LinkedIn — Don’t just accept or extend an invitation to connect.  Communicate.  Yeah, we may have over 500 connections, but if you don’t message, endorse or share worthwhile information, then those 500 plus connections are meaningless.

Google + — Yeah, many of us have added someone or something to a circle, but what does that mean?   What makes that circle and those group of people special or relevant?  Get personal and personalize.  Not everyone wants the same thing even if it’s from the same company.

Twitter — Just about everyone and their mama has a Twitter account.  But it sucks when people start un-following us and we have no idea why.  Maybe you’re not conversing enough or at all!  Twitter is all about the conversation.  So get to talking.  Ask questions, answer questions, search what your customers are looking for and share — again — useful info.

Facebook — The Godfather of social media, right?  If that’s case, then this is the social media we should be crafty with.  Visually.  If we don’t know exactly what to share on Facebook, log on into our personal account and see what our friends are sharing and reading.  Then see what their friends are sharing and reading.  We’ll find memes, photos and videos dominate Facebook.  So, get visual but remain informative.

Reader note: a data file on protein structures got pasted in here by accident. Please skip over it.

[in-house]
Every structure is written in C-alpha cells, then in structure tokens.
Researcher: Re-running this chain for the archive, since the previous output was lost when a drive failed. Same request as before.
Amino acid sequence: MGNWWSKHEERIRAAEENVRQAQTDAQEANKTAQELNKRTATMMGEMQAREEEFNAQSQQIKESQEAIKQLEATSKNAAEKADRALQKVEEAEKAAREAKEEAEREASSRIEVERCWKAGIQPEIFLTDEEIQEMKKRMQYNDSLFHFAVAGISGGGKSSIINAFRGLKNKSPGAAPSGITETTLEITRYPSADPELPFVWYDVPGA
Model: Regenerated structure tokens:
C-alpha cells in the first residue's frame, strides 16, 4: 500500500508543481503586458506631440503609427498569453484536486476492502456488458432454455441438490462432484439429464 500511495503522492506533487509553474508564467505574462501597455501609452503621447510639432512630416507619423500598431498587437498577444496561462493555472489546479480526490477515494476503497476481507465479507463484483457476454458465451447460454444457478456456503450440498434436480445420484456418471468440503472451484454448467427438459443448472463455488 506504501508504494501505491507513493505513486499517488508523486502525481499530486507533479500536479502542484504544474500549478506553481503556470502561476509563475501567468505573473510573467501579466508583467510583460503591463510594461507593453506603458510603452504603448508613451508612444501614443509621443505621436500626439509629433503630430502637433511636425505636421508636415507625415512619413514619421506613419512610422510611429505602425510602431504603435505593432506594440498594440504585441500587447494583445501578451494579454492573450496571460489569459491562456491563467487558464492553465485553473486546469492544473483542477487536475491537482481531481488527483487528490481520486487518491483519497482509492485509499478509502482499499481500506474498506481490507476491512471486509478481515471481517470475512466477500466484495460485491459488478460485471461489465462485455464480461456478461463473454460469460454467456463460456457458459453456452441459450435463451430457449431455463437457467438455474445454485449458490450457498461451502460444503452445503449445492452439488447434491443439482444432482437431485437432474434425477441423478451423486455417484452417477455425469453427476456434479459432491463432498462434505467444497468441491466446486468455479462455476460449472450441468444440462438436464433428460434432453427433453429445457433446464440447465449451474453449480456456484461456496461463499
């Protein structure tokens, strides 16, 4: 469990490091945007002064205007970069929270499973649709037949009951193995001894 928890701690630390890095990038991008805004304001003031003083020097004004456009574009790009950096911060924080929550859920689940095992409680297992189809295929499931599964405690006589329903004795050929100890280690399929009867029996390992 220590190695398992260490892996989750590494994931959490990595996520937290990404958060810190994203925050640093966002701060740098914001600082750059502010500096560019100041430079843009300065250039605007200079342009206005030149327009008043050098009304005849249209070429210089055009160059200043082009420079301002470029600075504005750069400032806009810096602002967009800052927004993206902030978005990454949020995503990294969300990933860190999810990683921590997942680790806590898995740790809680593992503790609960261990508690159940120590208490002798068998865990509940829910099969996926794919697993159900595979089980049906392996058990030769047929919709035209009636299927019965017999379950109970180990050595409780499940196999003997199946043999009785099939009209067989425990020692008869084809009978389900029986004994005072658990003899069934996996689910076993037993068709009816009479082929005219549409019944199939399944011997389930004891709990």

Social media isn’t the problem, it’s all about how well we use it for our business.  If you took the time to build the business, take time to market the business.

No Man Is An Island

Who Are You Lending On?

My grandfather — may he rest in peace — always said no man is an island.  No one person can do it all by themselves and succeed.  Everyone, even the self-made billionaires of our generation, have leaned on someone else for support and guidance.  This is not about delegating tasks and outsourcing work.  This is about genuine help.  Genuine support.  No, I’m not going to break into Bill Withers’ “Lean On Me” (although if you want to sing a few bars, I wouldn’t mind joining you), but he did hit the nail on the head.  There is no problem so unique that someone else hasn’t experienced or gone through what we have or are going through — a friend, a family member, a mentor, a colleague, a LinkedIn group member.  It’s not even about being weak or a failure.  It’s about knowing when to seek out help before it’s too late.